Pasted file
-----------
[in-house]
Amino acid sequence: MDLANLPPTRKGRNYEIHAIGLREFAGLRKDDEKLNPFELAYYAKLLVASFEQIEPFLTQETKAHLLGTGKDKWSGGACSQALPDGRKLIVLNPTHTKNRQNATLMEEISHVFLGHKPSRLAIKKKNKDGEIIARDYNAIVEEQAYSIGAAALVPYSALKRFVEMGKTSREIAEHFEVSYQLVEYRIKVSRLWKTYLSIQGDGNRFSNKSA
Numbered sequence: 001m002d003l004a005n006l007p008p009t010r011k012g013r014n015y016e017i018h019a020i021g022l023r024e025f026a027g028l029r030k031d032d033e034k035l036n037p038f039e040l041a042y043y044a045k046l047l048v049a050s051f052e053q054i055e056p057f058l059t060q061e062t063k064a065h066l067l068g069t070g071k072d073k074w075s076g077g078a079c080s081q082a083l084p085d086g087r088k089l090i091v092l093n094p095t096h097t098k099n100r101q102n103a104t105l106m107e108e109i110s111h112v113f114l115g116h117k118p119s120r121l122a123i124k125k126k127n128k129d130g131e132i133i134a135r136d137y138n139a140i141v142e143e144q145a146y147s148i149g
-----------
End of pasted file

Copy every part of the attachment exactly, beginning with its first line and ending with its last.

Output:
[in-house]
Amino acid sequence: MDLANLPPTRKGRNYEIHAIGLREFAGLRKDDEKLNPFELAYYAKLLVASFEQIEPFLTQETKAHLLGTGKDKWSGGACSQALPDGRKLIVLNPTHTKNRQNATLMEEISHVFLGHKPSRLAIKKKNKDGEIIARDYNAIVEEQAYSIGAAALVPYSALKRFVEMGKTSREIAEHFEVSYQLVEYRIKVSRLWKTYLSIQGDGNRFSNKSA
Numbered sequence: 001m002d003l004a005n006l007p008p009t010r011k012g013r014n015y016e017i018h019a020i021g022l023r024e025f026a027g028l029r030k031d032d033e034k035l036n037p038f039e040l041a042y043y044a045k046l047l048v049a050s051f052e053q054i055e056p057f058l059t060q061e062t063k064a065h066l067l068g069t070g071k072d073k074w075s076g077g078a079c080s081q082a083l084p085d086g087r088k089l090i091v092l093n094p095t096h097t098k099n100r101q102n103a104t105l106m107e108e109i110s111h112v113f114l115g116h117k118p119s120r121l122a123i124k125k126k127n128k129d130g131e132i133i134a135r136d137y138n139a140i141v142e143e144q145a146y147s148i149g